HomeBuyer

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MORE INFO:

The property has municipal water (since first plumbed in mid 50s)

Now I have Home inspection report
Water Piping : Copper and galvanized piping visible/appears serviceable
Waste lines: ABS Plastic visible/appears serviceable

Last month, in order to have reports ready for a buyer they called out a plumber to put camera into view sewer line.
The report says :
”used hydro to clean and clear line, ran line several times to make sure line was clear,
went to city main from clean out then used camera to check line but could not get past 1st bend
due to san-T on its side used as a 90 degree bend “old style” , went to city main from cleanout.
Tech tested and is flowing properly at this time”
 

Sylvan

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MORE INFO:

The property has municipal water (since first plumbed in mid 50s)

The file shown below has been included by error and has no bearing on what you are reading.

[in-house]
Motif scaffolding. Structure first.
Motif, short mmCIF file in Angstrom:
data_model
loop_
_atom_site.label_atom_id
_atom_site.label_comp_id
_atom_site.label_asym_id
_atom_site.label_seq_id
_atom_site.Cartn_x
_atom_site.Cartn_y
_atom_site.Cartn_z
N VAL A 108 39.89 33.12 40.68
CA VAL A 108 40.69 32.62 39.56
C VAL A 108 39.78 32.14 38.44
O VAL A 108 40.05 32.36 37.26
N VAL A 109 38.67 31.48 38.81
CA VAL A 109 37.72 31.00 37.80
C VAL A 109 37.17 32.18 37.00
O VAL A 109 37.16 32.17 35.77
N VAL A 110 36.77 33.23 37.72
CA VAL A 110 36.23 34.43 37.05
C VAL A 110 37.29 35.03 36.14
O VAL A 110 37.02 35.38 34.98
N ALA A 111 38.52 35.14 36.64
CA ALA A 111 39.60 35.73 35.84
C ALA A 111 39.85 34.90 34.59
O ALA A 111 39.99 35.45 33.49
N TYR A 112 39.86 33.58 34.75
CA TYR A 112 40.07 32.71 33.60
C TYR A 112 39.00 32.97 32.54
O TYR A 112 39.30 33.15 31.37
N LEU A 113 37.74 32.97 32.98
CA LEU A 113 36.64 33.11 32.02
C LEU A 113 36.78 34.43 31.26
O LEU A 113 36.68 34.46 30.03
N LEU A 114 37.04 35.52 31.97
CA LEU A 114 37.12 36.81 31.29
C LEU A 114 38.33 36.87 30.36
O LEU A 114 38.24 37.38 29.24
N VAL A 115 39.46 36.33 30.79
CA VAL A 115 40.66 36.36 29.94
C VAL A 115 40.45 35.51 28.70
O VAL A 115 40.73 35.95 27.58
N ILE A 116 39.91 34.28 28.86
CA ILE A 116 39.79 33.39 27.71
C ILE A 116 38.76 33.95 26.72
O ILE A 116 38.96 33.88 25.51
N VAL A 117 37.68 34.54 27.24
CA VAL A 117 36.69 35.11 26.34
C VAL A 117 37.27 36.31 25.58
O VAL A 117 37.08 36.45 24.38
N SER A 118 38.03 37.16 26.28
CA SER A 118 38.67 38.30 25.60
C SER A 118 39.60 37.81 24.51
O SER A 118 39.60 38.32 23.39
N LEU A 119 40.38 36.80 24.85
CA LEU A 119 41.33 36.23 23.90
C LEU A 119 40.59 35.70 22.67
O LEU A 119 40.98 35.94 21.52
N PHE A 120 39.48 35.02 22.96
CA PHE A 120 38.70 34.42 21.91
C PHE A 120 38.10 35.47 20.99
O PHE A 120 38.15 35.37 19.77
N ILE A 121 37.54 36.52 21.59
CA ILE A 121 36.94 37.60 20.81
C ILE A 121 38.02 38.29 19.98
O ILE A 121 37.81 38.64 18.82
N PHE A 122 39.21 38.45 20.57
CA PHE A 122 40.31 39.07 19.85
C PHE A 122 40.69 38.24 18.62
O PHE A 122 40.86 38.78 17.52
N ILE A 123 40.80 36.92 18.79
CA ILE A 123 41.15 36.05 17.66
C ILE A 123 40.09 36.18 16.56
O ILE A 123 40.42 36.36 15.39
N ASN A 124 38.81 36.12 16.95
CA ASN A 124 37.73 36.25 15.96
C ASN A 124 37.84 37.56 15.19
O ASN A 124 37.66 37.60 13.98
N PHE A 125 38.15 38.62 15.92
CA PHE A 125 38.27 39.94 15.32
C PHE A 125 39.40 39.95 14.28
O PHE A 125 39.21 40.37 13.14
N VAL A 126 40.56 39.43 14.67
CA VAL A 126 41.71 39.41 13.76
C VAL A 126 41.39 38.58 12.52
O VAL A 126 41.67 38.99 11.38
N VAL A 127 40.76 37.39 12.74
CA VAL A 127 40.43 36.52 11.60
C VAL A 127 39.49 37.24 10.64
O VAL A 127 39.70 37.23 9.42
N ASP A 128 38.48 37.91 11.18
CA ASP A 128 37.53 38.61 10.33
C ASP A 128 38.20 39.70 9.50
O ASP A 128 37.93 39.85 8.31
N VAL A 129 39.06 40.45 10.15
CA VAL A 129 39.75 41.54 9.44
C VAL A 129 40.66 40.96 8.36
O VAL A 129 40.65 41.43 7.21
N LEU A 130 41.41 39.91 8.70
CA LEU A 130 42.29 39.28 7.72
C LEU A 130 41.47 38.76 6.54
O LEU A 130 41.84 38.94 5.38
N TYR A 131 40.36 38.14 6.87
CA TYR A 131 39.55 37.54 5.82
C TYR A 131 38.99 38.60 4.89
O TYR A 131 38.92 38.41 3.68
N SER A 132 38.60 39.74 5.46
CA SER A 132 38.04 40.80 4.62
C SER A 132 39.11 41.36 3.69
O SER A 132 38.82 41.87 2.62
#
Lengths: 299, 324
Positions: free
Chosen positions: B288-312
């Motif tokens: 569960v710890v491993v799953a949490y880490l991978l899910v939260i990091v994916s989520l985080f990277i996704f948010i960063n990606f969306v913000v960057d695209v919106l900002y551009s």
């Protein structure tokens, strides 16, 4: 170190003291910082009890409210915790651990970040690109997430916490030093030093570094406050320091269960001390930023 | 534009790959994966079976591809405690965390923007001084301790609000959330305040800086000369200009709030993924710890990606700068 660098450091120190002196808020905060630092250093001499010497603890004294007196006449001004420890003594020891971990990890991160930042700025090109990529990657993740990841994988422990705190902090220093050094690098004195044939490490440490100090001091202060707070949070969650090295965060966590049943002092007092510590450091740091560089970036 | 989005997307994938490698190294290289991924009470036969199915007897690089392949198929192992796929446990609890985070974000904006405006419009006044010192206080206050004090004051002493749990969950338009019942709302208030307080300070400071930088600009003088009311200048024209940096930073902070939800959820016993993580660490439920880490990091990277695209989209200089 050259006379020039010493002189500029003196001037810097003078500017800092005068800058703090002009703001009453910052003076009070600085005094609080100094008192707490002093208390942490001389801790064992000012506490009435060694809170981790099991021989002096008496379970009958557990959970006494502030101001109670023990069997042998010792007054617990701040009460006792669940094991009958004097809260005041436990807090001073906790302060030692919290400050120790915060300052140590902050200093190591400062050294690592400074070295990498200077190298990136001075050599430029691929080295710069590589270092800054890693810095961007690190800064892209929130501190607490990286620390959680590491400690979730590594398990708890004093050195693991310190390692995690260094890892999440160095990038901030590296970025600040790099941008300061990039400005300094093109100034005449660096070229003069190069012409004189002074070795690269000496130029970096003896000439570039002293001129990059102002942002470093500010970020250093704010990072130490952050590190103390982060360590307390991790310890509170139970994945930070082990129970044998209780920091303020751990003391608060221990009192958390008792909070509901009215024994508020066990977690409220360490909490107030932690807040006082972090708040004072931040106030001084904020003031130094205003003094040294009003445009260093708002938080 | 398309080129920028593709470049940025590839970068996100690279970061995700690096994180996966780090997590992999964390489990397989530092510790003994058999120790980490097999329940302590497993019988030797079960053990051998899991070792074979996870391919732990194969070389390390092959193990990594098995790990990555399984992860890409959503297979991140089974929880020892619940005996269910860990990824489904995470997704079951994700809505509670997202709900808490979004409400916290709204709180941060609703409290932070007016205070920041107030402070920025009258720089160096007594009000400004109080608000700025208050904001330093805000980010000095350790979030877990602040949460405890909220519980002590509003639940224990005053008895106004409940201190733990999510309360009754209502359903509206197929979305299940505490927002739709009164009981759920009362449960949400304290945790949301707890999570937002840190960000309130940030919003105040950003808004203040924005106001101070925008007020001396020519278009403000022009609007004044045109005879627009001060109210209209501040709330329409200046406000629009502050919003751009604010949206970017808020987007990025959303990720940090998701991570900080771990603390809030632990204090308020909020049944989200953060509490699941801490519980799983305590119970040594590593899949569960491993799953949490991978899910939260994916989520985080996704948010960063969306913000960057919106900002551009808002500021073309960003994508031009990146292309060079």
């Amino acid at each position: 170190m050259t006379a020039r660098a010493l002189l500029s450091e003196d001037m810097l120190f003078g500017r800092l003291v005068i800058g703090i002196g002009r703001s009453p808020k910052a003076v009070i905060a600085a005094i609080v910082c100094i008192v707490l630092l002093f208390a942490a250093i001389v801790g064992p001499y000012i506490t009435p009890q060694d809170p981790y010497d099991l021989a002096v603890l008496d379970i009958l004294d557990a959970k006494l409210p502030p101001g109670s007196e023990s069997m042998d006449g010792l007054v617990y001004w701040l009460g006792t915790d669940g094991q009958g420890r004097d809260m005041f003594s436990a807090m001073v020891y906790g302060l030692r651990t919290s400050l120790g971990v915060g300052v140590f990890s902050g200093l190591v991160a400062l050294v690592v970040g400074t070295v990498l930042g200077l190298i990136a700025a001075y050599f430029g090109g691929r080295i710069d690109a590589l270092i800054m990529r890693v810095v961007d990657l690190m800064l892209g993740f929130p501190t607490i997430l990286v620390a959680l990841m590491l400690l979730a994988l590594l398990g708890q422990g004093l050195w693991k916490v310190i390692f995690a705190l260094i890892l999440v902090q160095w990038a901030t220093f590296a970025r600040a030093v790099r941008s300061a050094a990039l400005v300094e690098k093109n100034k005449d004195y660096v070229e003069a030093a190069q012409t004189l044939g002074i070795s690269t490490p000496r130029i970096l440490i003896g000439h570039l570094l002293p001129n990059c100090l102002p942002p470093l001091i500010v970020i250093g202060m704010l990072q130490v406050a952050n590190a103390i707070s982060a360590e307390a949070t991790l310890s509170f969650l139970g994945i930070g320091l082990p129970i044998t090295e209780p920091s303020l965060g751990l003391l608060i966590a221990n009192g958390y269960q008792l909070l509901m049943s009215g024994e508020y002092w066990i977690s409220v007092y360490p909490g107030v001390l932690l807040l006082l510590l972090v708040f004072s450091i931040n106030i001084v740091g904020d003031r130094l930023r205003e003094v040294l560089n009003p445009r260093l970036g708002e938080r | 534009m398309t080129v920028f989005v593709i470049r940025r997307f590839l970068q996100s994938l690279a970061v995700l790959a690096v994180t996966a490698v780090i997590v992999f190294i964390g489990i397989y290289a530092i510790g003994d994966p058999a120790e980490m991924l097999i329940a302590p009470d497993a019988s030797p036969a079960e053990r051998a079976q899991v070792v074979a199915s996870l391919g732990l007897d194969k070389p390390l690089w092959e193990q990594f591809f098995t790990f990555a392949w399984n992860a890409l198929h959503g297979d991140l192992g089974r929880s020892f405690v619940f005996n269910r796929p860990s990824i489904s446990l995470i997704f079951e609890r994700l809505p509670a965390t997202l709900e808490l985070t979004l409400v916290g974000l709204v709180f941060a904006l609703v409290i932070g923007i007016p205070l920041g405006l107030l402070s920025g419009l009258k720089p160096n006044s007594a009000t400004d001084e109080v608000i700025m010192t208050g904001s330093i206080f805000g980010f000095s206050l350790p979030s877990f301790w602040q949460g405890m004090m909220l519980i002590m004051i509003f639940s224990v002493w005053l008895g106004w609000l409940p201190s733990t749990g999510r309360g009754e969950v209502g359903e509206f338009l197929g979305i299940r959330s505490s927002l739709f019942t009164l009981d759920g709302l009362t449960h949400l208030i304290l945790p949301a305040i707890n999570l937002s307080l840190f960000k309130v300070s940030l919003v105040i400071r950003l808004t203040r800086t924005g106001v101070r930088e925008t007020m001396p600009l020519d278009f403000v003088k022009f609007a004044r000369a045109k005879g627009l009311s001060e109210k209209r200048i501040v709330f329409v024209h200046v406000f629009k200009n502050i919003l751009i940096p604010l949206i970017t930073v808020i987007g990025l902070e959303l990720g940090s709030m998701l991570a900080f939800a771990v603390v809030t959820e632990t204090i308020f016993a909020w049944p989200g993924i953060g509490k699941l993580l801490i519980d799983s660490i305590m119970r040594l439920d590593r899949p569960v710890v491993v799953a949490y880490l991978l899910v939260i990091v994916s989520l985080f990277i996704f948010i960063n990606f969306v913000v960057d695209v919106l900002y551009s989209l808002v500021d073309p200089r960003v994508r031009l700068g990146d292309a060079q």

Now I have Home inspection report
Water Piping : Copper and galvanized piping visible/appears serviceable
Waste lines: ABS Plastic visible/appears serviceable

Last month, in order to have reports ready for a buyer they called out a plumber to put camera into view sewer line.
The report says :
”used hydro to clean and clear line, ran line several times to make sure line was clear,
went to city main from clean out then used camera to check line but could not get past 1st bend
due to san-T on its side used as a 90 degree bend “old style” , went to city main from cleanout.
Tech tested and is flowing properly at this time”


Seems the plumber is above average as they did the Jetting before the video which was the right thing to do as I stated above as it is only common decency to uncover defects hidden by grease etc.


Galvanized piping can last 20 - 100 years depending on the installation and water supply

We installed 3" galvanized in a pipe tunnel for the potable water system on Roosevelt Island (NY) in the early 1970s with provisions to prevent electrolytic action from taking place
 

HomeBuyer